# Tag Info

8

You can model this as a set covering problem (or hitting set problem -- different terminology, same mathematical model). The (binary) decision variables would determine which suppliers you select; the constraints would be "select at least one that can handle this product" for each product. The objective would be to minimize the number of selections (sum of ...

8

I assume the solver you're referring to in Python/R/Matlab, are the open-source solvers such as CBC or GLPK (you can find out more in this question: Where can I find open source LP solvers?). If that's the case then you should consider: The size of the problem Solution time: which can be very different between open-source and commercial solvers How much ...

7

You mention data pre-/post-processing. If what you propose to do is in the context of data science (for instance, a matheuristic for outlier identification to be embedded in some statistical data-torturing exercise), I don't see any problem at all. If what you propose to do is not specifically related to data science (for instance, a heuristic for solving ...

7

Not directly answering your question of how to code it manually but for discrete simulation of queues in R I would strongly recommend the simmer package. The minimal code for your example would look like this (adapted from the tutorial). library(simmer) library(simmer.plot) lambda <- 2 queue <- trajectory() %>% seize("server", amount=1) %>% ...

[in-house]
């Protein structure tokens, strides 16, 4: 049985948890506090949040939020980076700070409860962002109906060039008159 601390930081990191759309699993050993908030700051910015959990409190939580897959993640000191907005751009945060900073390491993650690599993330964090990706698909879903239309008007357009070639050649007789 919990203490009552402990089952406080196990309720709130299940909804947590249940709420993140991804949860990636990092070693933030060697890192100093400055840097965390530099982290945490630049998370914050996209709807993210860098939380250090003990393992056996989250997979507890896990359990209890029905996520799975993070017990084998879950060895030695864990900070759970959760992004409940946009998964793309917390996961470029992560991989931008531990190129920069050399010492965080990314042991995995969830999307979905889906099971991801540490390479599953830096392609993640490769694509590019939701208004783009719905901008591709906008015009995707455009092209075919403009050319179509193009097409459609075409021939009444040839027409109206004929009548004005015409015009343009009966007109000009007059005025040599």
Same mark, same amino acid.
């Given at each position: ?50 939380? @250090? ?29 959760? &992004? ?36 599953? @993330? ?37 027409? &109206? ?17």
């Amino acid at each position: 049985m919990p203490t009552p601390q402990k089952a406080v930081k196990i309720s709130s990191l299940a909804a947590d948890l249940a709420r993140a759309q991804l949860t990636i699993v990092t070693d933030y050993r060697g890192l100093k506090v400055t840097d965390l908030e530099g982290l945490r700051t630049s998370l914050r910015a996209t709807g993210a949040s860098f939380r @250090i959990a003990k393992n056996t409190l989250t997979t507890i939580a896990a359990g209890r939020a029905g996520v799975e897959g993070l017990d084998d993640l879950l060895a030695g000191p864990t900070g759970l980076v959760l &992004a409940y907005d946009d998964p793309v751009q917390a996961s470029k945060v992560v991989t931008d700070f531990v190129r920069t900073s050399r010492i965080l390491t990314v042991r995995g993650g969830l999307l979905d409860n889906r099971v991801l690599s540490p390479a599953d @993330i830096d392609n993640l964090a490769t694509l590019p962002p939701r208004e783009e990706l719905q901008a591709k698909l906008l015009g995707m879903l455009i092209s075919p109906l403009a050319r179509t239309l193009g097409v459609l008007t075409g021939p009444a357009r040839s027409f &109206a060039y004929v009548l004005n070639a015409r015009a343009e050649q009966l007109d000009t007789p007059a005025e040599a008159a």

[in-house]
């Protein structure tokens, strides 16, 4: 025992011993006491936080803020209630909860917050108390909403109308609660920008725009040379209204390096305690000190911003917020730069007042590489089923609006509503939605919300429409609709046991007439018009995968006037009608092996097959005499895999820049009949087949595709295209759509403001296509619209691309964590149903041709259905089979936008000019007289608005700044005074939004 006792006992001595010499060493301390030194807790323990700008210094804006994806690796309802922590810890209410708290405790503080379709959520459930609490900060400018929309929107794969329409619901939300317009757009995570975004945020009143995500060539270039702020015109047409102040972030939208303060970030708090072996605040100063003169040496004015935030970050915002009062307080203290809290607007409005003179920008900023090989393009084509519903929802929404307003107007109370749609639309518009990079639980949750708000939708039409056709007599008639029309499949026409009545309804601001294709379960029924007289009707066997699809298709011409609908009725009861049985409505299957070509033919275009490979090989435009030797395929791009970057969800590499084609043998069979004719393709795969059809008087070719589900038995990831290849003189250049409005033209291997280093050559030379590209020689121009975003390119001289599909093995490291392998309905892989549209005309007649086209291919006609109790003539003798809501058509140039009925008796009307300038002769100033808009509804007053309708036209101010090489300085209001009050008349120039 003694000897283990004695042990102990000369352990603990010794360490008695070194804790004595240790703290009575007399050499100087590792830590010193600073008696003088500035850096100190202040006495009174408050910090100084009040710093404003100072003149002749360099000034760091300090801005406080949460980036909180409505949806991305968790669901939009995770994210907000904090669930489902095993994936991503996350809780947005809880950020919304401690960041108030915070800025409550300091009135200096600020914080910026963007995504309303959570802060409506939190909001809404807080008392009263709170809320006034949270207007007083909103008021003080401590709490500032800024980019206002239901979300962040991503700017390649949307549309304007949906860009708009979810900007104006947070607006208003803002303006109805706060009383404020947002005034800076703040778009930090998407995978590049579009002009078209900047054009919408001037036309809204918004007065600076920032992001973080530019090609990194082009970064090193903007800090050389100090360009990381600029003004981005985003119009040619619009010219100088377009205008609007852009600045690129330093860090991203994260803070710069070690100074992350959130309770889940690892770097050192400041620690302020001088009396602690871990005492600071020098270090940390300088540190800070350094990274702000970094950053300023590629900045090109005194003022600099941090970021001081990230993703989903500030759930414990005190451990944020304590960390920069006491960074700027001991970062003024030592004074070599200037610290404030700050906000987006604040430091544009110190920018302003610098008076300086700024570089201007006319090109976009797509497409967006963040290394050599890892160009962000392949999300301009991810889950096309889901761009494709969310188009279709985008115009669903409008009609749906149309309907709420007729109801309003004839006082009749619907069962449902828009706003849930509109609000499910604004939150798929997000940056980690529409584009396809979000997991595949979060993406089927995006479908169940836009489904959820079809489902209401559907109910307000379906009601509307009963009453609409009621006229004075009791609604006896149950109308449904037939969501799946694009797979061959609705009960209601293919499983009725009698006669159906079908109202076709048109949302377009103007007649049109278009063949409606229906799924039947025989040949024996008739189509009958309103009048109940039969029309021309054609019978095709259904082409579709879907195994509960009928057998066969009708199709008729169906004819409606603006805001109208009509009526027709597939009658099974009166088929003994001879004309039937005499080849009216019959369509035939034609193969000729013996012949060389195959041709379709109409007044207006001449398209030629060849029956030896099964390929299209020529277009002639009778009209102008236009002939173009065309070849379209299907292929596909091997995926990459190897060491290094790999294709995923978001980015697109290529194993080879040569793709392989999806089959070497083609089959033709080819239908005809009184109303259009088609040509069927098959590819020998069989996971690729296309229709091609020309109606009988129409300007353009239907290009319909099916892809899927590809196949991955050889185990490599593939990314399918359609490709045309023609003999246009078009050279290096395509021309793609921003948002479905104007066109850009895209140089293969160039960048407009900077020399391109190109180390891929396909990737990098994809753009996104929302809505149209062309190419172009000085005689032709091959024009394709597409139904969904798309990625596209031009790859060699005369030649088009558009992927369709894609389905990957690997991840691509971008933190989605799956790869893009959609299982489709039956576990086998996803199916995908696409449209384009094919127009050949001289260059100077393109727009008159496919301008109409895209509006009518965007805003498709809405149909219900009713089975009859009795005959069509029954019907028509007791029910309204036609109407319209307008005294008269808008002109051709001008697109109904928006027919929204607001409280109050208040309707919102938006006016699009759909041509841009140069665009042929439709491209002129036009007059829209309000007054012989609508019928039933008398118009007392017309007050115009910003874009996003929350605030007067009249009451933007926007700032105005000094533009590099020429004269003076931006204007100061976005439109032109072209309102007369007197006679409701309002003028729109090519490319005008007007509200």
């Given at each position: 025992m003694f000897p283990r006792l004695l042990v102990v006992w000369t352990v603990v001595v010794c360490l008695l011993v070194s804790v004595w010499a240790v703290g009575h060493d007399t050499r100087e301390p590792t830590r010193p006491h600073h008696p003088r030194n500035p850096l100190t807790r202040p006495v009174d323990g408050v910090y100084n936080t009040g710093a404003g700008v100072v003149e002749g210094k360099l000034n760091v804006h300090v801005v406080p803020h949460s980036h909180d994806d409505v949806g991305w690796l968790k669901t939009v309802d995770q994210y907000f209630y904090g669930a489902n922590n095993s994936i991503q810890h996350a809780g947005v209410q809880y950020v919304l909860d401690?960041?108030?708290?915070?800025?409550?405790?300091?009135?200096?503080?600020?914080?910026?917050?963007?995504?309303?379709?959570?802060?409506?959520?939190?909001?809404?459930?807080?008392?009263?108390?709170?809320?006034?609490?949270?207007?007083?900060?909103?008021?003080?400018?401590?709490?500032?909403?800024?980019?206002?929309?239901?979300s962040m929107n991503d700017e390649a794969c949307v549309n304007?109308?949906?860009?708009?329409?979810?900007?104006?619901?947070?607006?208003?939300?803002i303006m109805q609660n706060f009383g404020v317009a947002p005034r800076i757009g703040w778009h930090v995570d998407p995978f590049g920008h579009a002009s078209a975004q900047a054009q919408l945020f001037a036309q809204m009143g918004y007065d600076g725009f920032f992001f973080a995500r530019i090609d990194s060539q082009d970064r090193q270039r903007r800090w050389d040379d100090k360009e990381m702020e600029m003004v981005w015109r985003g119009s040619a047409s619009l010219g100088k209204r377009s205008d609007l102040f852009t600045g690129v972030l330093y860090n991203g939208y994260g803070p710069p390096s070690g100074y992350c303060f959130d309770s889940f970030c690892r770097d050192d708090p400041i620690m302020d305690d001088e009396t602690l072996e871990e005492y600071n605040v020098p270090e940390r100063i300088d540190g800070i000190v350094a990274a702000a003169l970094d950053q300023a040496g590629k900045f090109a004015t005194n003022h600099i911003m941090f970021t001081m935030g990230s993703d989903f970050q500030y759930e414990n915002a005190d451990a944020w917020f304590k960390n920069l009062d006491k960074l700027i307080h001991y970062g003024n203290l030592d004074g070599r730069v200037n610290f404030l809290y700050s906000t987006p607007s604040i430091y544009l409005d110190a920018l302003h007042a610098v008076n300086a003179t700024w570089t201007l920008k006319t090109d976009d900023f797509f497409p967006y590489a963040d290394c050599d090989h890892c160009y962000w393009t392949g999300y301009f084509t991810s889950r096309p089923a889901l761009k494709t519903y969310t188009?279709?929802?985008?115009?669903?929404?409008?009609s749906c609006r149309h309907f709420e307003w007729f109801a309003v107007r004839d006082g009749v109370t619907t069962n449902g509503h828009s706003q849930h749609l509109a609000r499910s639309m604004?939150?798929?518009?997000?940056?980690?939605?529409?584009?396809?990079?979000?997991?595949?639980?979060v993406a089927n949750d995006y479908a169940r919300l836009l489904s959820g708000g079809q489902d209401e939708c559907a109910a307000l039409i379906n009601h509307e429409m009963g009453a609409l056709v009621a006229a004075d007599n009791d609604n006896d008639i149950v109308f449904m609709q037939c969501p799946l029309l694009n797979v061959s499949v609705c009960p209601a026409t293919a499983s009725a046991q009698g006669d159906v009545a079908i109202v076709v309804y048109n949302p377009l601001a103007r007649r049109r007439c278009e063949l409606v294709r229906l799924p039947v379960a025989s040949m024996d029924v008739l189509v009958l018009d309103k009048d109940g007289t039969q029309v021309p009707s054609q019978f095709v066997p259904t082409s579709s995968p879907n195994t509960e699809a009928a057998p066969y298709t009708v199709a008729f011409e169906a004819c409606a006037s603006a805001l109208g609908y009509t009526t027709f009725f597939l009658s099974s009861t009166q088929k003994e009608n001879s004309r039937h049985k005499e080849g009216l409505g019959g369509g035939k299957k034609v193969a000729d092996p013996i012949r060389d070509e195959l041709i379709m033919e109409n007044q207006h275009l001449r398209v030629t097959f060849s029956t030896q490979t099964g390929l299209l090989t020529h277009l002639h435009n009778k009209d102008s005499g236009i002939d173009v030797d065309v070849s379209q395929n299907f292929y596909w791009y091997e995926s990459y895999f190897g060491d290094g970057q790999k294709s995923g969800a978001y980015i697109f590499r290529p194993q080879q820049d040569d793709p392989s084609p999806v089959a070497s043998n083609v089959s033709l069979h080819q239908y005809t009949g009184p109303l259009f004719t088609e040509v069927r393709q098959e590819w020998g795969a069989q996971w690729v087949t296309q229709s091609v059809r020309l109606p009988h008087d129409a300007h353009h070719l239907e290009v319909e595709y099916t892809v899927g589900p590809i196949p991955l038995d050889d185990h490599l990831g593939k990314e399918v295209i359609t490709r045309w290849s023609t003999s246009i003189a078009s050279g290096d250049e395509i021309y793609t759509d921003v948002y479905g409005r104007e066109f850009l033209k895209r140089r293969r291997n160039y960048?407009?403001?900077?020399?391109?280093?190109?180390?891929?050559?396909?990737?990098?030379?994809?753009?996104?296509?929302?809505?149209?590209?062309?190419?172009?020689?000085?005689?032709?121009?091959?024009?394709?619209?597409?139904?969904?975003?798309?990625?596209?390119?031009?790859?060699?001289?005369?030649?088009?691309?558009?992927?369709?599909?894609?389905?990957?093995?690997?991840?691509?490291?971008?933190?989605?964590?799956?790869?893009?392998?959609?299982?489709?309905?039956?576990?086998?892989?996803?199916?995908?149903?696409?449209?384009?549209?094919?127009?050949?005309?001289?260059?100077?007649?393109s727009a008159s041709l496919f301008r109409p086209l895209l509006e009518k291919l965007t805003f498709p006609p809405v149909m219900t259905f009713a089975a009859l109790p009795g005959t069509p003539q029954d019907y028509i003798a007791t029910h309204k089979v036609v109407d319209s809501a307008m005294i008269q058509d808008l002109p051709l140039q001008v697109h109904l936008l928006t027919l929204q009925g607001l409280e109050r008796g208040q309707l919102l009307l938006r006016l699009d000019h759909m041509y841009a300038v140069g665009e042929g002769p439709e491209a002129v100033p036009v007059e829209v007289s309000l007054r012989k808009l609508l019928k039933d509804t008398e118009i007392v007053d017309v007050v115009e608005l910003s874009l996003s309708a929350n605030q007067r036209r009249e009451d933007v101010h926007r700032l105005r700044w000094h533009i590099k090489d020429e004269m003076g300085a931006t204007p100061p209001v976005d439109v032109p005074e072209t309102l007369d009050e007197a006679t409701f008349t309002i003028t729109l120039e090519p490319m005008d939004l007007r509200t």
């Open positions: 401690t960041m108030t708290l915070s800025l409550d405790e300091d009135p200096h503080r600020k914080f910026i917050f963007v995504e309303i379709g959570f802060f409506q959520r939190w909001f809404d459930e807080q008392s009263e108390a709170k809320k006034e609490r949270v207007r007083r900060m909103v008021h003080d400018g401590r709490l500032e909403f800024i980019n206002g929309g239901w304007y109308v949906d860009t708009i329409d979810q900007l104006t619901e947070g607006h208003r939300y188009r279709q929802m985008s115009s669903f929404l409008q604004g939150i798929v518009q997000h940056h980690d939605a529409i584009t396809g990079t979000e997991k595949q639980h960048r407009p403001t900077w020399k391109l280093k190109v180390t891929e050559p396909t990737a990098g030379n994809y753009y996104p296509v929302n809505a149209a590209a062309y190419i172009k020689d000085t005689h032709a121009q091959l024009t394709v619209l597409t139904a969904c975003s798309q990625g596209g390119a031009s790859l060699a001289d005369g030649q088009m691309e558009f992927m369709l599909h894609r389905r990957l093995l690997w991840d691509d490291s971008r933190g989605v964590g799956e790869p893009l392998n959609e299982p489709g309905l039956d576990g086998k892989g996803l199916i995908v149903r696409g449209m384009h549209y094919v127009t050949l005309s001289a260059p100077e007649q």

6

The package netgen (v1.3) can be used to generate networks and benchmark instances of VRP and TSP. As this article shows it is also possible to solve a variant of VRP (CVRP) in R Shiny, which is another package used for interactive modelling/applications.

5

You could cluster 40,000 dropping locations (by grouping them based on location/vehicle type need) to some reasonable number and can try to implement metaheuristics like Simulated annealing, Particle swarm etc. . Though they won't guarantee optimality but can tune accordingly to achieve desired solution quality.

4

The main reasons are performance and quality of numerics. Non-professional stuff tend to lack the polish professionals spend time doing to ensure that numerical issues don't compromise the solving procedure. Performance-wise, a good rule of thumb is problem density: if a problem is large but really sparse, open source solvers can perform really well. If a ...

4

Your distance constraint for each cluster limits the sum of the distance from each cluster point to its nearest neighbor (excluding the last point selected for the cluster, whose nearest neighbor is not taken). It does not look at the total distance between all pairs of points in the cluster, nor the maximum distance between any pair of points (the cluster &...

4

I'm not an expert in Vehicle Routing Problems, maybe someone else will have something more relevant to propose. I think that a good starting point is this article: "Efficiently solving very large-scale routing problems" (Arnold et al., 2019) DOI PDF This paper is not exactly about your problem, but about the Capacitated Vehicle Routing Problem (...

3

I'm assuming in what follows that all demands must be met. R has a very good genetic algorithm package ("GA") that includes support for permutation chromosomes. Assuming $n$ destinations and $m$ vehicles (not vehicle types, but actual vehicles), you can use a GA with each chromosome a permutation of $1, \dots, n + m$. To decode a chromosome, use ...

3